As we start 2017, a number of entrepreneurs out there are working off of the list of things they'd do or not do differently this year. From growing key metrics in the business, to focusing on the key things that matter each day. One of those things on my list is to get better organized, so that I can make continual improvement and innovation a priority vs getting too caught up in the day to day rush.
In getting ready to start the year, I explored a number of different methods and approaches. I landed on one in particular to test out in December so that I can fully jump in once the new year started.
The "Bullet Journal" is an approach towards personal organization developed by Ryder Carroll as an open source approach towards tracking all the to-do's that hit someone each day. I say open source approach, as in there are a set of rules about how to implement the approach, but it is left open-ended and open to modification based on what works for the individual.
This was both freeing to me, as I didn't have to internalize a set of lifestyle methodologies or buy expensive books (Remember Franklin Covey Planners?) but instead start with four or five simple outlines I can put into my own notebook and adapt the method from there.
Why The Bullet Journal Works
It follows the KIS principle (Keep it Simple) flawlessly, and though they do sell their own pre-formatted notebooks, there's a whole community of people out there using this method on a number of different mediums. There are even articles focused on adapting this into Evernote, even though the approach is advertised as an Analog way to organize your life.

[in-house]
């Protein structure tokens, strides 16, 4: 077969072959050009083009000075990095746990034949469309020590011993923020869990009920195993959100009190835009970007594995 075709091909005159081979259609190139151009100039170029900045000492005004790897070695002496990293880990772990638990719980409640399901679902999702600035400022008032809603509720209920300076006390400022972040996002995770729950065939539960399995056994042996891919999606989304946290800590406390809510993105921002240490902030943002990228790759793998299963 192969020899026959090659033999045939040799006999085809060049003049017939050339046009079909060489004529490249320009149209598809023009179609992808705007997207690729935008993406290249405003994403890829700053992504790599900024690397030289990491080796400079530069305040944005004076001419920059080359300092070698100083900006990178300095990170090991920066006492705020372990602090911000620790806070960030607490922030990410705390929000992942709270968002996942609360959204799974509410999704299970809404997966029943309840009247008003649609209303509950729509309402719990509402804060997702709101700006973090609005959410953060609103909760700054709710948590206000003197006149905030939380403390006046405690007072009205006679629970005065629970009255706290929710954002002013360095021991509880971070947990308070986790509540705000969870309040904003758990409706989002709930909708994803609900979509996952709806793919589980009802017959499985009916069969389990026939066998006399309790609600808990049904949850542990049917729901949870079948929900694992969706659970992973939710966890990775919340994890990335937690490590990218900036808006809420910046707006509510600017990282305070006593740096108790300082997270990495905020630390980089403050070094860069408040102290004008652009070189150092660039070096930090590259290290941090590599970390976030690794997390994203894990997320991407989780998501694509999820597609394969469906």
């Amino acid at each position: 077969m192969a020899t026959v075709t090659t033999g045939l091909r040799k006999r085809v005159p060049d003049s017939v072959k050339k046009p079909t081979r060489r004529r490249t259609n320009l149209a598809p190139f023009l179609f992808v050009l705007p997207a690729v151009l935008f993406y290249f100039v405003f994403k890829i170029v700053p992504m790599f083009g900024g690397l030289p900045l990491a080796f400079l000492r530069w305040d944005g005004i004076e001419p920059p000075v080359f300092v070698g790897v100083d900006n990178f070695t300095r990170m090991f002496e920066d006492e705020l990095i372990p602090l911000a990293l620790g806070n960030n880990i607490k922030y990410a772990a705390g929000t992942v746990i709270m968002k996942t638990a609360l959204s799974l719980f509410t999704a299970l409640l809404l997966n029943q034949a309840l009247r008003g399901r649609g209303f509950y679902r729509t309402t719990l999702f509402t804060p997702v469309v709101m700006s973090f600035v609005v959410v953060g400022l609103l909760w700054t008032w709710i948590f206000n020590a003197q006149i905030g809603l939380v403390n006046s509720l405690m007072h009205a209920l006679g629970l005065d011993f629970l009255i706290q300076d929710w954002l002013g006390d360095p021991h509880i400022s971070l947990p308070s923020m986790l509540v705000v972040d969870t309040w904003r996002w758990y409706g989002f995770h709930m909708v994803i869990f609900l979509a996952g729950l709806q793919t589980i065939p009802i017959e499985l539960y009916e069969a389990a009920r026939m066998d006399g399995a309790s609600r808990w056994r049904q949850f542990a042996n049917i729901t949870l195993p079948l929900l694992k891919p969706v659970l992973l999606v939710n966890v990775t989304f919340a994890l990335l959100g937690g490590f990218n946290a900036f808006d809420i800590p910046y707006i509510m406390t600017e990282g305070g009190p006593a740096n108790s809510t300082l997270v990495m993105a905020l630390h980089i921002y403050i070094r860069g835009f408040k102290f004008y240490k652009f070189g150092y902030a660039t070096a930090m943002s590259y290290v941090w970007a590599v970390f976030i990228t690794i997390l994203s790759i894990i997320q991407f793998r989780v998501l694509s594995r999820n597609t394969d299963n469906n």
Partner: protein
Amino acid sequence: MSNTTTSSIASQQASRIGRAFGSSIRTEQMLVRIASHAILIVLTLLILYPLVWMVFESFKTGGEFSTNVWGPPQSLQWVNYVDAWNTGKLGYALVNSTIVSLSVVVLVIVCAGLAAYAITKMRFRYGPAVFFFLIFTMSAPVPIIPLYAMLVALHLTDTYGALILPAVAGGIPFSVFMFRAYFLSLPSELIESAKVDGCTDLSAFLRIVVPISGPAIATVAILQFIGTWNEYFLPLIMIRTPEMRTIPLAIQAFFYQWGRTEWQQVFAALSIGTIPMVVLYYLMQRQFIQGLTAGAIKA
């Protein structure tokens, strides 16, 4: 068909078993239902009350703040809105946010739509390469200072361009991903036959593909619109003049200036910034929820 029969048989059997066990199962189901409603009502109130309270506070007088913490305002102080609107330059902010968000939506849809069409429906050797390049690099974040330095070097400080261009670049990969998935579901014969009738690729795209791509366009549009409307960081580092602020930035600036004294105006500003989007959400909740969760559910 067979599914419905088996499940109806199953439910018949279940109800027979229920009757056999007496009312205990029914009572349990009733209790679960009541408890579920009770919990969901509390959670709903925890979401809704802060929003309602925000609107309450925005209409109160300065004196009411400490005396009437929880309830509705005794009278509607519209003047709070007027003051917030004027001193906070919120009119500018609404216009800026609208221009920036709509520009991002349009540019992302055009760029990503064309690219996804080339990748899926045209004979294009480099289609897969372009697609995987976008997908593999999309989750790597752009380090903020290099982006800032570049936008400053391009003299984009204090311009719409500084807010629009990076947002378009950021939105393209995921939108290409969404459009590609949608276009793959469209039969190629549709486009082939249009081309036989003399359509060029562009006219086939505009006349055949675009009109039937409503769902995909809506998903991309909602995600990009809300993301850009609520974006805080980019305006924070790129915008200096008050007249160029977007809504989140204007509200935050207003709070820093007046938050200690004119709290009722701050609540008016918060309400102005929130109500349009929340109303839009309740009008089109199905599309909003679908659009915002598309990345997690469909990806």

After using this for the last four weeks, I can say it's kept me honest and on track far better than other more complicated approaches and kits have. To maximize its usefulness though, you really need to commit to at least reviewing everything each day either in the morning or evening to stay on track with your goals and tasks.
Though it could easily be just another system based tool you have to carry around and remember to utilize, the simplicity of the approach means there's very little to commit to outside of keeping the to do list up to date.
If you're someone that has a hard time carving out 30 minutes of focus each day, this probably isn't the best tool to start with. The last thing any of us needs is one more "thing" we fail to do each day that we should. This won't fix that, though I've found it's motivated me to take that time out of my day to do it.
The key is consistency, and having the discipline to open it up and keep it up to date. Because it's analog, you do have to re-write things often, but that's part of the beauty of the system. It forces you to internalize things and spend the effort to move those tasks around manually as a way to assess their continued importance. That could be a big hindrance for you though, in which case something like Evernote could work.
Something Analog In Your Life
As an added benefit, I discovered there's something peaceful about working in a notebook and not doing everything on a screen. That alone is worth the investment!
To start, just head to the website and watch the video. From there, decide what notebook you want to use and begin the four simple steps to adopting the methodology. I'm using a Moleskine I had lying around to start, so Ididn't need to buy anything.
Try it out though, and see what you think. Leave comments below if it's something you've used in the past, or have insight on.